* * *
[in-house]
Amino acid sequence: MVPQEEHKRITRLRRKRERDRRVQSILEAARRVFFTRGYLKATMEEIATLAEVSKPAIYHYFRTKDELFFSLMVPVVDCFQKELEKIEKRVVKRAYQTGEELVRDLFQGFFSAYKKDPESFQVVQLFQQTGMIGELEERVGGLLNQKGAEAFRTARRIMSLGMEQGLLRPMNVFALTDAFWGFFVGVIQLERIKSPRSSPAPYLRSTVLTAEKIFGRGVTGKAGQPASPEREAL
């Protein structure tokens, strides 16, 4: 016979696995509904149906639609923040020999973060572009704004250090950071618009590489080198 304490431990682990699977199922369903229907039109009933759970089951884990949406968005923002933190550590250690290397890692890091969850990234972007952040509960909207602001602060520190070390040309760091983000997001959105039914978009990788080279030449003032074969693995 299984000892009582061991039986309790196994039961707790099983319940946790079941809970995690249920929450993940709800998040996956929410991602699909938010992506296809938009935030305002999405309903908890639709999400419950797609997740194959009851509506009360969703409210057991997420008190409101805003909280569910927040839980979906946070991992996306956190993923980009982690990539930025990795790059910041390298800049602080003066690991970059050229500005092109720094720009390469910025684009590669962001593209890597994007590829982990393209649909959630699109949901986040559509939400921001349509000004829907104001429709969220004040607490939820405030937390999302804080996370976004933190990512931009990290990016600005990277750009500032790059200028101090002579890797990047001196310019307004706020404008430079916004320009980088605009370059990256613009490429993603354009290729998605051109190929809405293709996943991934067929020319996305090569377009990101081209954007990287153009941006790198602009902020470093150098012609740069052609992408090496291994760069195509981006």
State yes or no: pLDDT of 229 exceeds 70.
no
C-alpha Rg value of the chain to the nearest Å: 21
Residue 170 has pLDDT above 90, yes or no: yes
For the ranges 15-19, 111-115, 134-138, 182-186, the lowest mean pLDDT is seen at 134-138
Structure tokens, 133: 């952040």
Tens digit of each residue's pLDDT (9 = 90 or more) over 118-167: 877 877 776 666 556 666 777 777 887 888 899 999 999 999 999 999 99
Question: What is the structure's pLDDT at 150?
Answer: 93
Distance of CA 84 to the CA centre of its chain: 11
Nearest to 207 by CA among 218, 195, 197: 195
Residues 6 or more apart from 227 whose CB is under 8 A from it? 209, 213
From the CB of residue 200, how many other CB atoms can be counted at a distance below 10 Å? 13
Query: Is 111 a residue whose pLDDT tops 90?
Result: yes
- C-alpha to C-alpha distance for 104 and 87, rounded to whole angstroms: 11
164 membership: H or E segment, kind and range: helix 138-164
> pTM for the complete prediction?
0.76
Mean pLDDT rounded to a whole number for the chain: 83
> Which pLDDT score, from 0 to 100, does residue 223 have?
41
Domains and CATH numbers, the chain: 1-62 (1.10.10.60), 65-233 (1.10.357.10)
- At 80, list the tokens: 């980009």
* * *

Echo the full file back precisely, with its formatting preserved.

[in-house]
Amino acid sequence: MVPQEEHKRITRLRRKRERDRRVQSILEAARRVFFTRGYLKATMEEIATLAEVSKPAIYHYFRTKDELFFSLMVPVVDCFQKELEKIEKRVVKRAYQTGEELVRDLFQGFFSAYKKDPESFQVVQLFQQTGMIGELEERVGGLLNQKGAEAFRTARRIMSLGMEQGLLRPMNVFALTDAFWGFFVGVIQLERIKSPRSSPAPYLRSTVLTAEKIFGRGVTGKAGQPASPEREAL
């Protein structure tokens, strides 16, 4: 016979696995509904149906639609923040020999973060572009704004250090950071618009590489080198 304490431990682990699977199922369903229907039109009933759970089951884990949406968005923002933190550590250690290397890692890091969850990234972007952040509960909207602001602060520190070390040309760091983000997001959105039914978009990788080279030449003032074969693995 299984000892009582061991039986309790196994039961707790099983319940946790079941809970995690249920929450993940709800998040996956929410991602699909938010992506296809938009935030305002999405309903908890639709999400419950797609997740194959009851509506009360969703409210057991997420008190409101805003909280569910927040839980979906946070991992996306956190993923980009982690990539930025990795790059910041390298800049602080003066690991970059050229500005092109720094720009390469910025684009590669962001593209890597994007590829982990393209649909959630699109949901986040559509939400921001349509000004829907104001429709969220004040607490939820405030937390999302804080996370976004933190990512931009990290990016600005990277750009500032790059200028101090002579890797990047001196310019307004706020404008430079916004320009980088605009370059990256613009490429993603354009290729998605051109190929809405293709996943991934067929020319996305090569377009990101081209954007990287153009941006790198602009902020470093150098012609740069052609992408090496291994760069195509981006």
State yes or no: pLDDT of 229 exceeds 70.
no
C-alpha Rg value of the chain to the nearest Å: 21
Residue 170 has pLDDT above 90, yes or no: yes
For the ranges 15-19, 111-115, 134-138, 182-186, the lowest mean pLDDT is seen at 134-138
Structure tokens, 133: 């952040």
Tens digit of each residue's pLDDT (9 = 90 or more) over 118-167: 877 877 776 666 556 666 777 777 887 888 899 999 999 999 999 999 99
Question: What is the structure's pLDDT at 150?
Answer: 93
Distance of CA 84 to the CA centre of its chain: 11
Nearest to 207 by CA among 218, 195, 197: 195
Residues 6 or more apart from 227 whose CB is under 8 A from it? 209, 213
From the CB of residue 200, how many other CB atoms can be counted at a distance below 10 Å? 13
Query: Is 111 a residue whose pLDDT tops 90?
Result: yes
- C-alpha to C-alpha distance for 104 and 87, rounded to whole angstroms: 11
164 membership: H or E segment, kind and range: helix 138-164
> pTM for the complete prediction?
0.76
Mean pLDDT rounded to a whole number for the chain: 83
> Which pLDDT score, from 0 to 100, does residue 223 have?
41
Domains and CATH numbers, the chain: 1-62 (1.10.10.60), 65-233 (1.10.357.10)
- At 80, list the tokens: 């980009």